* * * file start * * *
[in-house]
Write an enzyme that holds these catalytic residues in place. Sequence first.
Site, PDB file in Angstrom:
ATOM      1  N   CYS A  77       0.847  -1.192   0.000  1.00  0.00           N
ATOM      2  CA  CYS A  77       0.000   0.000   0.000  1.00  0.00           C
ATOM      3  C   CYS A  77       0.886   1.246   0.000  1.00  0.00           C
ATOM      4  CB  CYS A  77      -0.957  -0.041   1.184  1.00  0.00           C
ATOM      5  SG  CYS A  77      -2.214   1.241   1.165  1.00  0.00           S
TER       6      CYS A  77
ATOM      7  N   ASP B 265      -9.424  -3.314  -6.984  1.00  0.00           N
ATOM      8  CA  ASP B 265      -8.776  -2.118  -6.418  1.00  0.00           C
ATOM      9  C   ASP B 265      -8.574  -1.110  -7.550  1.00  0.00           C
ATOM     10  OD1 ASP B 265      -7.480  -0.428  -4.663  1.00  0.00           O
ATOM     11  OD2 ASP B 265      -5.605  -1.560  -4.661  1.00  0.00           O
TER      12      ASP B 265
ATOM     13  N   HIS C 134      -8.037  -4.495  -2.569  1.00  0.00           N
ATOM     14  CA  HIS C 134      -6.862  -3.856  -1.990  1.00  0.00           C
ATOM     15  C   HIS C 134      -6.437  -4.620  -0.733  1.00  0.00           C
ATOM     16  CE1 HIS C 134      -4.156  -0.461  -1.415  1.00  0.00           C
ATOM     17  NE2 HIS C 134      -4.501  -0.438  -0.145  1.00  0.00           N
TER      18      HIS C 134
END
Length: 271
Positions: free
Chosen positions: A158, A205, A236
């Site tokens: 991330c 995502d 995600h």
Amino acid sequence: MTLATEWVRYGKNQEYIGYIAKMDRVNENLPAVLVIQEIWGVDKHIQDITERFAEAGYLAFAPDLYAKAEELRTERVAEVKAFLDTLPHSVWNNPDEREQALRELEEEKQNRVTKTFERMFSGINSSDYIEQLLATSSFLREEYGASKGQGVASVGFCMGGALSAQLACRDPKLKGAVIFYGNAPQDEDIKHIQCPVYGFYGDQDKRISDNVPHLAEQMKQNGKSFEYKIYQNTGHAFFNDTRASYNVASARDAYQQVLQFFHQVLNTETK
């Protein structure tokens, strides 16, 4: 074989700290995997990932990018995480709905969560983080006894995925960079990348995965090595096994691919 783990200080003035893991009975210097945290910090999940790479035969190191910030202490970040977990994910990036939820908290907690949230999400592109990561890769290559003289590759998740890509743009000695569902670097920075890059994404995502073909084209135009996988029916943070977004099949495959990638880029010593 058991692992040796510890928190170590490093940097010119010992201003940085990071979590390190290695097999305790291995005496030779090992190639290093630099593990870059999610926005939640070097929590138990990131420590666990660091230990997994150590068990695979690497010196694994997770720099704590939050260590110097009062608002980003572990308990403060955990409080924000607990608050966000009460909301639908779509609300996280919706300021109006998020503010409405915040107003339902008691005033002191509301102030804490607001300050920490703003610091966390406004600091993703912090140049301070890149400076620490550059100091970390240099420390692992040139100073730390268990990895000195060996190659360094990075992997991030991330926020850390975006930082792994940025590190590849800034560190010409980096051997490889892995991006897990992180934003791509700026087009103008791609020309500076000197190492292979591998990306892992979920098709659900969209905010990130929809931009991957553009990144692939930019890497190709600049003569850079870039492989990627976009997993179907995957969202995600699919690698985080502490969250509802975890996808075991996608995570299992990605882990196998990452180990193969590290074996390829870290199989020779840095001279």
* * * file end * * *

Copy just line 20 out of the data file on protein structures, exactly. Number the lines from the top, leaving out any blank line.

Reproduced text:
ATOM     17  NE2 HIS C 134      -4.501  -0.438  -0.145  1.00  0.00           N